In November 2013, following several months of internal salary transparency, social media management organisation Buffer took its pay information public, and has since become a prime example of the benefits of open communication about compensation.
In the years since, the organisation has grown from a mere 12 staff to have 80 employees, based in various cities across several continents. It continues to share its pay data, which can be viewed on a spreadsheet available on its website.
Buffer chooses to publicise specific pay information for each employee. It also publishes a salary formula, which takes into account various factors, including role, location, experience and loyalty.
Hailley Griffis, public relations manager, says: “When you have really firm reasons why someone is being paid something, it makes people more comfortable. We put that salary formula in place even before things went transparent, and that’s a key reason why we had such positive reactions, and why we continue to have such positive reactions from [employees].”
The employee pay spreadsheet simply needs an overall update twice a year during the organisation’s promotion window, with additional information added when new employees are hired, but a great deal of work goes into overhauling the formula, which takes place once every two years.
“One of the reasons the salary formula is so much work is that any changes that get made are about how the salaries are going to be grandfathered, and how many are going to go up,” says Griffis. “It’s a big change to someone’s livelihood. It’s a big decision to make and there’s a lot of financial maths that goes into it.”
As well as citing the salary formula as a key element of the strategy’s success, allowing for constructive discussion and easy understanding of differences in pay, Griffis urges other employers to note that, while Buffer has taken an all-encompassing approach, that is not the only option.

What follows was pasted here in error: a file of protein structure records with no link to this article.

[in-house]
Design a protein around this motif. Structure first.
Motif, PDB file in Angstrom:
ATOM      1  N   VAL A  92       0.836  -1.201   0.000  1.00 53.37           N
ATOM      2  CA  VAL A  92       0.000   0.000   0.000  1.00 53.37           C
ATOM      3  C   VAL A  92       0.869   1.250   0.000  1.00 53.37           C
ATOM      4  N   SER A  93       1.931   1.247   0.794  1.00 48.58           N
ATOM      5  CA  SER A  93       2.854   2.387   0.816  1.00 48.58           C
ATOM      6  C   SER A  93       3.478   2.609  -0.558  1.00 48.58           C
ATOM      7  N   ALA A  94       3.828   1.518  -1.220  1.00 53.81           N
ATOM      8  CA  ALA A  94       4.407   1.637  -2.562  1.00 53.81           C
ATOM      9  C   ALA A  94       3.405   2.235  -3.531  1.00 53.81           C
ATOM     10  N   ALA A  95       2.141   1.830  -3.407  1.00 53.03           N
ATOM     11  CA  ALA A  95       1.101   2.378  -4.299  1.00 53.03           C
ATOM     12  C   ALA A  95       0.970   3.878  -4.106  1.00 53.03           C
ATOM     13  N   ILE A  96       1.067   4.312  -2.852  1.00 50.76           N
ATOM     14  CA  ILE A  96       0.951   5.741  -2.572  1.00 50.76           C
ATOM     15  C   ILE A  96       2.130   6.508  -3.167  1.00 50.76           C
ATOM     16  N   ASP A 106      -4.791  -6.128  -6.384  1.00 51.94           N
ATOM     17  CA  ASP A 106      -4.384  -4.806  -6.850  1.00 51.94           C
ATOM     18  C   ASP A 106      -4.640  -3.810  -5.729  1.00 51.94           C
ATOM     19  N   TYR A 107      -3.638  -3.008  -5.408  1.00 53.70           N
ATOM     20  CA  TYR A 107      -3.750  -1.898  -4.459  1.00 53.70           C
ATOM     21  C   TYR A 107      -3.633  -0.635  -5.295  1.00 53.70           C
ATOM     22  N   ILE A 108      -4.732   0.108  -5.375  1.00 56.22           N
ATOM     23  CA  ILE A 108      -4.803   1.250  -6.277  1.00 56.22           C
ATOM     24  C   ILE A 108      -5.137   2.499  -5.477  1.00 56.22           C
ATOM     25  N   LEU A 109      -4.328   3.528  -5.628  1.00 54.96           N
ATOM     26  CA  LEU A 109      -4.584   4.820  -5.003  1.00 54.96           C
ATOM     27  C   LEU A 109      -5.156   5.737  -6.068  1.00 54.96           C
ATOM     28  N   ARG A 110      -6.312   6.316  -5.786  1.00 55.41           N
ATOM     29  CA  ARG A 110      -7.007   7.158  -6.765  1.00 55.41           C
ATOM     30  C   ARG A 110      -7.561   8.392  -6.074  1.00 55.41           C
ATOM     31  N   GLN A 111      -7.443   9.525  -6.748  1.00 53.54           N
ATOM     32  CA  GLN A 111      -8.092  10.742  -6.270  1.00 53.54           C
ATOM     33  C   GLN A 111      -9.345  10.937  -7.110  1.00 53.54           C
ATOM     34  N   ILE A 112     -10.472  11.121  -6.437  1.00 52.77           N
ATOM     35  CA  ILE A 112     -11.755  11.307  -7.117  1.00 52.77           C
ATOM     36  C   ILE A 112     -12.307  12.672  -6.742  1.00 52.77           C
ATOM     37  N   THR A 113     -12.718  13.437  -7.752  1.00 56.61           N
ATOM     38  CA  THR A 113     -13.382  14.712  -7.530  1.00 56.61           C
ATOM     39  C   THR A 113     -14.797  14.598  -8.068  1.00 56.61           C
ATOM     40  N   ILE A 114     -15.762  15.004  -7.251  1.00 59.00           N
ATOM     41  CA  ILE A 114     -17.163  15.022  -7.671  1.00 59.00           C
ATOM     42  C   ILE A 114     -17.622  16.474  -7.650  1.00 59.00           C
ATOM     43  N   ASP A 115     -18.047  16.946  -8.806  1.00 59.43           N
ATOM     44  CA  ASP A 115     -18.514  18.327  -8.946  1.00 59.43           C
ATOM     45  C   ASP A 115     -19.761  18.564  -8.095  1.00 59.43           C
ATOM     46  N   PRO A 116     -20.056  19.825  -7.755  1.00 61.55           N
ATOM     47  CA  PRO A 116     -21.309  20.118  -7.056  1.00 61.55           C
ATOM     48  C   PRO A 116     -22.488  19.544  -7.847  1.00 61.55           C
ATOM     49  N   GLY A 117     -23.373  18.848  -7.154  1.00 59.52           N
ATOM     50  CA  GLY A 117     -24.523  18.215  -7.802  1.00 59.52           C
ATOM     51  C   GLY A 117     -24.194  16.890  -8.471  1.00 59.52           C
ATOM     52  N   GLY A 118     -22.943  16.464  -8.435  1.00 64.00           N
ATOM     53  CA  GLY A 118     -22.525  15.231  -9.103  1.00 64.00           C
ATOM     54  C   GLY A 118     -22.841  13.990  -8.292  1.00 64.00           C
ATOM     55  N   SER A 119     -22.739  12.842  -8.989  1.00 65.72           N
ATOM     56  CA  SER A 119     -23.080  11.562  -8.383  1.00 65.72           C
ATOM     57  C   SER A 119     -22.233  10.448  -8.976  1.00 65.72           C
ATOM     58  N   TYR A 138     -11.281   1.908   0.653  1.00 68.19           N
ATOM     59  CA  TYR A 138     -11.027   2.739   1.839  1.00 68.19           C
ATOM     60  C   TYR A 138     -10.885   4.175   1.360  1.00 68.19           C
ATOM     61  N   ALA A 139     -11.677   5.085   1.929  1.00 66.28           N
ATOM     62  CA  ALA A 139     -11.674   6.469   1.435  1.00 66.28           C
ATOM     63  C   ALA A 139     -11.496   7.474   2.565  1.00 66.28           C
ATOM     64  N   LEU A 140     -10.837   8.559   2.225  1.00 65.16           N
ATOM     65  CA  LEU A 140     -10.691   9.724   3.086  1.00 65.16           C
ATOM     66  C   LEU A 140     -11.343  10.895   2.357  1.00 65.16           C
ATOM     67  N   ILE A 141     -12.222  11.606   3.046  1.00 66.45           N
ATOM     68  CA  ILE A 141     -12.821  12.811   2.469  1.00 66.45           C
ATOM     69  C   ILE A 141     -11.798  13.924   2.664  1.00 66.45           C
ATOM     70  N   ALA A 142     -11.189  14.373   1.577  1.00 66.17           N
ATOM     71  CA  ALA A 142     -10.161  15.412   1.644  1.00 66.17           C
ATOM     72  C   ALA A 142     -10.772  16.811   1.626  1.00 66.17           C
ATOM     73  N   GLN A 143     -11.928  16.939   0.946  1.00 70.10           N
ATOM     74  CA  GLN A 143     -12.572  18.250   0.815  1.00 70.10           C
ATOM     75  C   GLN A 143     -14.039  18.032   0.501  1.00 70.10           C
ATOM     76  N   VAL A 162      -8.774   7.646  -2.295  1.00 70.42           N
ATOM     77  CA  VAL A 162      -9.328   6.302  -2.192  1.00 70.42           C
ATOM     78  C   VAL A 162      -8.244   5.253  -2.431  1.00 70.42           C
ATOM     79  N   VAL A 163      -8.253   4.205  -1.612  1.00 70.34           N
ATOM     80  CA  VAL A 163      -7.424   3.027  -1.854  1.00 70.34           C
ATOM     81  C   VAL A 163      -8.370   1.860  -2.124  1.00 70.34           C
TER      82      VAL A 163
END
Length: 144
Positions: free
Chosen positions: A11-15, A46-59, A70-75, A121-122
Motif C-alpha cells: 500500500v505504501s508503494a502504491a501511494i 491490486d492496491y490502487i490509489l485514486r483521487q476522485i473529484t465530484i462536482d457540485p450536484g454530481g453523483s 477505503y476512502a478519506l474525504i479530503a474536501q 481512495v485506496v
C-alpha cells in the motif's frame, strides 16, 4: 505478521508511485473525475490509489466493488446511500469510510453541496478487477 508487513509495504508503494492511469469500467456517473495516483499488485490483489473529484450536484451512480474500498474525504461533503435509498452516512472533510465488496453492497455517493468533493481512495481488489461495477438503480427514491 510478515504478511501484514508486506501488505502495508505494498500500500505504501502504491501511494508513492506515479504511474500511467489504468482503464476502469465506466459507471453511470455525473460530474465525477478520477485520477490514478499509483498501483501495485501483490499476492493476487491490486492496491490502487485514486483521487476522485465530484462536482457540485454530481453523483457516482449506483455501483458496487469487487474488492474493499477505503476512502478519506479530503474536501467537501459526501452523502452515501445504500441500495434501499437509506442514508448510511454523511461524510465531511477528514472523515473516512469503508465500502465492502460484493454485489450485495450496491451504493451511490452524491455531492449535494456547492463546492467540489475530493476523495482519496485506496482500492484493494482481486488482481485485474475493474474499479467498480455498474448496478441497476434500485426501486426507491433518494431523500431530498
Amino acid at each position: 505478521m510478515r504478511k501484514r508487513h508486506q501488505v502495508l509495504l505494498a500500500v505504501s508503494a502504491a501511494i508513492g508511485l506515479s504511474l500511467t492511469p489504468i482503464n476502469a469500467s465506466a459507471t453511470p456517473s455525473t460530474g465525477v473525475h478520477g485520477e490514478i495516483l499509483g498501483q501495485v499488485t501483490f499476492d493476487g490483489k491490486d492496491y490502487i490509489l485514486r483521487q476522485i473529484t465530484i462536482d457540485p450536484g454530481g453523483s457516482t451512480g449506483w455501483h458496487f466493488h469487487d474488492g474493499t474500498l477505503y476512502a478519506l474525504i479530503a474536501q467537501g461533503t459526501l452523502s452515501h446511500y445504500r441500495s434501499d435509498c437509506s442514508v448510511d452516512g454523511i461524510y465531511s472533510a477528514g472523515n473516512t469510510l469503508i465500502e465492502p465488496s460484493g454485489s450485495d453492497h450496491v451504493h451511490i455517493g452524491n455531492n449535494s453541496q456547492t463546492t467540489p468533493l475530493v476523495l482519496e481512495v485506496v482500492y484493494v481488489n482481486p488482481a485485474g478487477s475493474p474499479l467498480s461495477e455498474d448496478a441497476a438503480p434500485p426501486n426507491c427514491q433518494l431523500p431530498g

“Putting it all out there on a spreadsheet is not necessarily the right way for everyone. Sometimes, [organisations] are transparent internally just in terms of what the role range is. There are different levels of transparency that [organisations] can start opting into, they don’t have to look at us and think that’s the only way to do it.”
Initially, Buffer aimed to use pay transparency to build on its already established atmosphere of openness and communication, tackle issues such as the gender pay gap, and provide an example to other up-and-coming organisations that might be struggling with pay strategy.
However, it has also had other, unexpected positive results. “We got [around] 2,000 applications after our salaries went live,” says Griffis. “One of the things we heard from a lot of people was that they loved our transparency. It didn’t feel good to work at an office where you’re always wondering if you’re being paid fairly.”
In addition, transparency changed the internal atmosphere of the organisation, notes Griffis. “Our culture around finances is very different. The conversations around finance just became so much more open and helpful.”